N815 IBD Team Climate Inventory: finding solutions to team challenges
Burke M., Keogh A.
Galway University Hospital, Gastroenterology, Galway, Ireland
Effective teamwork is associated with a range of positive outcomes such as a reduction in medical errors, increased patient safety, reducing work-related stress for staff and improving local team relationships . It is suggested that the best care for IBD patients is provided by a multidisciplinary team, offering an effective model for long-term care of patients and reflect the need to be adaptable and responsive to patients with changeable and progressive disease who have both complex medical and psychosocial care needs , The IBD Team Climate Inventory (TCI) measures team function and can help to “diagnose where teams need help to be more effective” . The aim of this project was to assess team function using the TCI to identify any challenging teamwork factors and implement change to progress team function and enhance supportive working environments for IBD team members to improve the effectiveness of the team in terms of care delivery and staff working experience.
A postal questionnaire was sent to the IBD team (n=29). TCI was first measured across the team in April 2016 and re-assessed in a sub group (nursing)in October 2016 after a Consultant-led Virtual Biologic Clinic was in place 4 months. Team characteristics were collected using both closed and open ended questions.
Overall the TCI team score was 3.5. There was no statistically significant difference in scores by professional group within three of the subscales. However there was a statistically significant difference in the participatory safety PS)sub scale scores across the professional groups F(3,19)=7.5, p=0.001, size effect was moderate (0.6). Posthoc analysis indicated that the mean score in the nursing group was significantly difference from the other groups (Nursing, M=2.78, SD=0.455). While the mean PS team score was 3.5, the nursing group mean score was significantly lower (2.8) with the infusion unit nursing staff reporting an even lower score average of 2.4. Open ended questions revealed that the nursing staff in the infusion unit reported a level of isolation from the other IBD team members. Communication with and access to the medical profession was perceived to be limited in terms of managing patients, which was seen as a barrier to teamworking and building working relationships. This qualitative data is reflective of the participatory safety scores reported.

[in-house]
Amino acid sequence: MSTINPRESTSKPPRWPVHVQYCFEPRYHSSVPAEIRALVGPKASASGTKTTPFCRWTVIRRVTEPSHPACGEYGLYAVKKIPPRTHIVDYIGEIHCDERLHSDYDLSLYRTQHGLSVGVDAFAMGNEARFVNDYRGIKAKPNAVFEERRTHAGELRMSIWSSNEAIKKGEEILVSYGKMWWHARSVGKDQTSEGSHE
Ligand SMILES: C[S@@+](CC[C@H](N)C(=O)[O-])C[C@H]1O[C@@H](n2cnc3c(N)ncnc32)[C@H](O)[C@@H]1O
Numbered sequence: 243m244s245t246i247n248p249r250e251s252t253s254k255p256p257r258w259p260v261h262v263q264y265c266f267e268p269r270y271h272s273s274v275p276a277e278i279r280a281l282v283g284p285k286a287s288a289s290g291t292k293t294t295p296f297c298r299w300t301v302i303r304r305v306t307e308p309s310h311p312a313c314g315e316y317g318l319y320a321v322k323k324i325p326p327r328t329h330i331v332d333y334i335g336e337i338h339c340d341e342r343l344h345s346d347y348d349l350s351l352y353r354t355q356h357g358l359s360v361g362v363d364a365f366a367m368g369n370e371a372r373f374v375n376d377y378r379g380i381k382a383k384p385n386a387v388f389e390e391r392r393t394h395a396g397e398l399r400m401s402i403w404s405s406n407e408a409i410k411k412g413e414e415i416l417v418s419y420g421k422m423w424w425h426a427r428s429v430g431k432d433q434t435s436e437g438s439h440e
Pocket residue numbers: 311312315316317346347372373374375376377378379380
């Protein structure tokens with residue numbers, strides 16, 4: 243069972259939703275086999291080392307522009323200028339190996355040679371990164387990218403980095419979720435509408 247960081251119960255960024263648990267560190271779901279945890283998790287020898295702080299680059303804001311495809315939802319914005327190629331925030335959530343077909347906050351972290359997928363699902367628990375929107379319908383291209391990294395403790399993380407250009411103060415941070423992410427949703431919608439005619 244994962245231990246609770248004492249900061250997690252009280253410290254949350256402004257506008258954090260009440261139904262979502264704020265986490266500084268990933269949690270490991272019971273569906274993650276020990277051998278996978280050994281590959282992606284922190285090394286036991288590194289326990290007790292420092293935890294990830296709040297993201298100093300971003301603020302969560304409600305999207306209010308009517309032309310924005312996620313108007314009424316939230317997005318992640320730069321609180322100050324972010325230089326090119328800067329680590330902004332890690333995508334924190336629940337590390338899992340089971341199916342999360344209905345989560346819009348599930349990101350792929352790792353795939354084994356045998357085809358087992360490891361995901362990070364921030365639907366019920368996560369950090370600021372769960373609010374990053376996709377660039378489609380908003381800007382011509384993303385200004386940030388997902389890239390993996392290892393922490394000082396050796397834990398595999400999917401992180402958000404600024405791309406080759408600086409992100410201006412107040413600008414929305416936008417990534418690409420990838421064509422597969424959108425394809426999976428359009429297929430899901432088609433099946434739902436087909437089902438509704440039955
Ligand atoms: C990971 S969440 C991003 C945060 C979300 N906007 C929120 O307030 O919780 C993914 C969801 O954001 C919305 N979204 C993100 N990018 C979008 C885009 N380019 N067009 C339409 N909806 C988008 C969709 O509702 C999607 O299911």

This research suggests that the TCI can be used to identify challenges for the multidisciplinary IBD team. The consultant led Virtual Biologic Clinic model employed enhanced levels of access to and communication between team members, contributed positively to patient management and created a more supportive working environments for staff.
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